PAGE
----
Phantasy Philes: Falling Through The Cracks

The theme of this week's Philes can pretty much be summed up in one word; "overlooked." The players we'll cover have either fallen between the cracks in our fantasy baseball reports here, or over at the All-Star team selection headquarters. So, to make up for that lack of recognition, we'll ignore the overexposed Phillies like Thome, Millwood, and Burrell for just this one week. Fear not faithful readers, our examination of the Pat Burrell stink fest will resume soon enough.

One pitcher that can easily get lost in shuffle of bigger names is Brett Myers, who is having a great rookie year. Though he's hit some bumps in the road over the last month or so, Myers was able to rebound nicely with a complete game shutout against the Red Sox, which would be the first win in his current three game winning streak. On pace for 15 wins and 141 strikeouts this season, Brett should finish off the season as a solid part of any fantasy staff, especially if he can keep his ERA in the range of where it is now (3.57), and maybe lower that 1.23 WHIP a little bit. Getting that WHIP down really shouldn't be too hard for Myers, since he is ninth in batting average against in the NL, keeping those walks to a minimum should do the trick. If you're in the market for a good, but not great starter, Myers should be one of the guys you look at acquiring.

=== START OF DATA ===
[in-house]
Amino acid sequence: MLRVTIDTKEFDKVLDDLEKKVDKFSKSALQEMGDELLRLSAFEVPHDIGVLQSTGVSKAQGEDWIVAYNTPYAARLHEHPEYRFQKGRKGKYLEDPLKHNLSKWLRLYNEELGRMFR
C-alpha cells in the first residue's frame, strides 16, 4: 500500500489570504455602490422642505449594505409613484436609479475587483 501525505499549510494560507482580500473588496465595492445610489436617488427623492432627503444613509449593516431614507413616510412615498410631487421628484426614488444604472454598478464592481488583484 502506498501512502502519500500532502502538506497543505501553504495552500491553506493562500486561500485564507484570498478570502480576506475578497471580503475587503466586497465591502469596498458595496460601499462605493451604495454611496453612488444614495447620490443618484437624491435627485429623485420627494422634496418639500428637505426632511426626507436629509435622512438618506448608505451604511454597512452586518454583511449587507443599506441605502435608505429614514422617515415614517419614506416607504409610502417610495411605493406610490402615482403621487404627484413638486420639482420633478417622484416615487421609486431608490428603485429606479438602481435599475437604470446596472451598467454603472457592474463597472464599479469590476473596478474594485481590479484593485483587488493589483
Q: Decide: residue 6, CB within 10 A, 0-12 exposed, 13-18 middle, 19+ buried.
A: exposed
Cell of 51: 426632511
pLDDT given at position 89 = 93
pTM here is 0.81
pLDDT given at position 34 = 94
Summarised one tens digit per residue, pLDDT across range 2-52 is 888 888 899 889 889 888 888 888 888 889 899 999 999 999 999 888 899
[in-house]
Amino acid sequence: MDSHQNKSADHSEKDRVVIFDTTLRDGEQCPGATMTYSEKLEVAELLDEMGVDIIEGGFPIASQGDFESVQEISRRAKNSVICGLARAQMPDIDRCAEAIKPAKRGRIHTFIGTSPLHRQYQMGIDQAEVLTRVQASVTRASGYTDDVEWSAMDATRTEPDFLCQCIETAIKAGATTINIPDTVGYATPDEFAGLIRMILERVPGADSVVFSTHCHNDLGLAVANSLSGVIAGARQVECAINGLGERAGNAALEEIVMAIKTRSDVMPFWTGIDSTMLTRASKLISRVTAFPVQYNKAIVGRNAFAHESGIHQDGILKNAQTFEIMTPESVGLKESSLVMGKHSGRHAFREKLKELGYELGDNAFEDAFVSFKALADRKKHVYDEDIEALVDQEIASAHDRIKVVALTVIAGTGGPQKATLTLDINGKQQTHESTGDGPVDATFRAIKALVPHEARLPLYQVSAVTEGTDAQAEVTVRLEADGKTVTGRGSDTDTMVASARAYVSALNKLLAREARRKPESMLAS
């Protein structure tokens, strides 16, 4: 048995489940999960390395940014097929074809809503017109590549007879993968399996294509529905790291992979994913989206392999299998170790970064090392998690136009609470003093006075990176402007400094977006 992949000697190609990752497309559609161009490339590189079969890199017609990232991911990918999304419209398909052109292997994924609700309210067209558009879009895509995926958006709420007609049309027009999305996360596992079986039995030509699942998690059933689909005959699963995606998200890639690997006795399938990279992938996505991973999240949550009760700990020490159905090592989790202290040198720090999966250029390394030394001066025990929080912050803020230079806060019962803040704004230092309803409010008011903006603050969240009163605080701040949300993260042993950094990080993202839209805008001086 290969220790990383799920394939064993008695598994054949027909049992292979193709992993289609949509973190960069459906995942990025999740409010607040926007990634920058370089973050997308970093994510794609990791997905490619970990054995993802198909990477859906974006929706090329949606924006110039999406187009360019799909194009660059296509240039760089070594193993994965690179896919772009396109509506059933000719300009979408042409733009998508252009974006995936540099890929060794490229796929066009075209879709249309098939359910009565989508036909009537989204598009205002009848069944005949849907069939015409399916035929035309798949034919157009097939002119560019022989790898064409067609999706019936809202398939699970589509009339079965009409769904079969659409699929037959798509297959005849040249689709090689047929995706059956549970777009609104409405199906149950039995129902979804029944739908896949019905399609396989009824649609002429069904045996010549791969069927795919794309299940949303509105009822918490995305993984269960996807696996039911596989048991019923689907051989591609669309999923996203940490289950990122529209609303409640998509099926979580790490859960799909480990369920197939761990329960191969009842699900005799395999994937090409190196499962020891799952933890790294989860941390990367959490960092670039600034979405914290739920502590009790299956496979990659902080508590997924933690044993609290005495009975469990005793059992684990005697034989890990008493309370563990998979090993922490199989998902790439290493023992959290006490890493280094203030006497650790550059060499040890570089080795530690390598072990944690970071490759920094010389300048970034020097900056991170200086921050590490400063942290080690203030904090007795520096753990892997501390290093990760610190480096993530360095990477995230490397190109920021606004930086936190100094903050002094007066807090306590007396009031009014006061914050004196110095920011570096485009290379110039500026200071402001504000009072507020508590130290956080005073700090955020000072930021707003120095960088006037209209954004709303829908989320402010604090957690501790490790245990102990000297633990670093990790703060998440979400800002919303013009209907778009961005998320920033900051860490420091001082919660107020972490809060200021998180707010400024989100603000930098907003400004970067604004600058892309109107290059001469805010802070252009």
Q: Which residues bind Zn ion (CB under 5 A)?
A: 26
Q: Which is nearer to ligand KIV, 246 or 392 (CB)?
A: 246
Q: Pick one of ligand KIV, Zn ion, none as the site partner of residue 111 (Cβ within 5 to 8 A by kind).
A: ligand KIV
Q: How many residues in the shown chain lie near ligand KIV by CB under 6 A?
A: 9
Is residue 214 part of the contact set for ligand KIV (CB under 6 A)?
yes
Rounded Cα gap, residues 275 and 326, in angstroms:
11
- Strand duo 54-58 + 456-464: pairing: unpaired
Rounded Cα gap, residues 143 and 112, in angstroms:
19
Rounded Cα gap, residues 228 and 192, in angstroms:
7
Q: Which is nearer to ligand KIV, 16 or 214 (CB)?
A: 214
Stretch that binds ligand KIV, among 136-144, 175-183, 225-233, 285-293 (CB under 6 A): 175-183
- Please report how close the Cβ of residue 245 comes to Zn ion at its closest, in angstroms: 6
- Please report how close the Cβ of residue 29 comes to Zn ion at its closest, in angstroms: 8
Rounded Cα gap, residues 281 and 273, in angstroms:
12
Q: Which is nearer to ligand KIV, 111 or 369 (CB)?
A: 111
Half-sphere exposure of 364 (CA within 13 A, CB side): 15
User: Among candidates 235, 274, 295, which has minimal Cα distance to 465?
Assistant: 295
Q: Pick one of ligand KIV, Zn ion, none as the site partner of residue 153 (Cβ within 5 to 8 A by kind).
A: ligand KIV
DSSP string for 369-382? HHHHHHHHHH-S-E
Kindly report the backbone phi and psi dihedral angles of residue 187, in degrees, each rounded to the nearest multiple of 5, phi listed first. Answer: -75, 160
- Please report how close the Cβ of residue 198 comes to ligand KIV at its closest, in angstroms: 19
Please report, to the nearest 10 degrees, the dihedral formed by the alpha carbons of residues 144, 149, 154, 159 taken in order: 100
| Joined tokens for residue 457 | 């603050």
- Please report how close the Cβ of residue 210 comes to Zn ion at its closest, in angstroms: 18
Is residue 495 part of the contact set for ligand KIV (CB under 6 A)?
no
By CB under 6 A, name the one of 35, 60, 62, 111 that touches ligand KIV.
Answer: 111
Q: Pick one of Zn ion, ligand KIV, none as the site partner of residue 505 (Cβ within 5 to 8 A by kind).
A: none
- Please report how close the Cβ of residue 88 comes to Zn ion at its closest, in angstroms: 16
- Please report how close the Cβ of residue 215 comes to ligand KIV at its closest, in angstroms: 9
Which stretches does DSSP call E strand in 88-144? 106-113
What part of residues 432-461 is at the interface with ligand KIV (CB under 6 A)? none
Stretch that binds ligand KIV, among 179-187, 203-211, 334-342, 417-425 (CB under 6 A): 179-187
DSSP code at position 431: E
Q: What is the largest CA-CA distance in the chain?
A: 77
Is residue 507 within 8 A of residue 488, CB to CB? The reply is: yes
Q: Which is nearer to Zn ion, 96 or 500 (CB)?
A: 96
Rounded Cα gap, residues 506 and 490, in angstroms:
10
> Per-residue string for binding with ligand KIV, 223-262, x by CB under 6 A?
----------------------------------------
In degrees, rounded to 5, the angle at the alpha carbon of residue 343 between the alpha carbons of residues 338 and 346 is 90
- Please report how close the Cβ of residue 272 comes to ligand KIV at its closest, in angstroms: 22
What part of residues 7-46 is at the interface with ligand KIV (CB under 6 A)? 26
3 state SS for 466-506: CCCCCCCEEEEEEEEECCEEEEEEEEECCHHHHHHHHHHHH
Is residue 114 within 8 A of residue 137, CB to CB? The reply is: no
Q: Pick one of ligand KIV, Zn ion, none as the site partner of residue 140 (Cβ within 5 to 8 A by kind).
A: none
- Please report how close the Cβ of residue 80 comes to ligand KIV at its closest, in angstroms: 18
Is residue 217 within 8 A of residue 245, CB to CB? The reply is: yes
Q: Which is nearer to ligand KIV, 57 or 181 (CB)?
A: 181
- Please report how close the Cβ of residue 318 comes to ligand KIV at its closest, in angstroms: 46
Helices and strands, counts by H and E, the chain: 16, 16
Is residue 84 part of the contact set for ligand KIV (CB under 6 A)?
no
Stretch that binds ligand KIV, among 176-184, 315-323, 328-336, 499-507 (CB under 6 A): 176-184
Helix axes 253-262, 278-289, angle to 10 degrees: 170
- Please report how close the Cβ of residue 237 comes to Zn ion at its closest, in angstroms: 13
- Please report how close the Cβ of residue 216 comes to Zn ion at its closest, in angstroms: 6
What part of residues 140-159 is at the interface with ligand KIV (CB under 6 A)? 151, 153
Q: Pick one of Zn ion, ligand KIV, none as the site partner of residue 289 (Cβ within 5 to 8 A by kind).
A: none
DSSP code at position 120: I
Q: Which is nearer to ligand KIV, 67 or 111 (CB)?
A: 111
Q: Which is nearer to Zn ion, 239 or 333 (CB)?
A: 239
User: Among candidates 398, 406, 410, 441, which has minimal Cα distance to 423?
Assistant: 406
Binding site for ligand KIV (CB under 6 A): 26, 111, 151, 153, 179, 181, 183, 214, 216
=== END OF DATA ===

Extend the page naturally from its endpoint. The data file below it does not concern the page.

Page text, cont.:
Some of those Mike Lieberthal owners out there that have been pleasantly surprised by the great season he is having at the plate may want to clue Dusty Baker in. On a side note, the first person that can tell me what drug Dusty was on when he chose Lo Duca over Lieby for the All-Star team wins a prize. Anyway, if someone had told me that Mike hadn't spent any time on the DL up to this point in the season, I'd be pretty happy. But throw in a .326 batting average and a .388 OBP, and it's all gravy. However, one disappointing aspect of Lieberthal's first half has been his power numbers. With just five homers (on pace for nine on the season), it's hard to believe that this guy hit 31 a few years ago. What caused this drop off in power? Well, it's difficult to say, but maybe those bad knees, and the resulting inability to generate power from his legs, has something to do with it. With that said, it doesn't look like some kind of second half power surge is in the cards for Mikey, so don't get your hopes up. As long as Lieby can stay healthy, he should be able to continue his solid production (for a catcher anyway). Just keep in mind that staying healthy could be very difficult for the Phillies' backstop.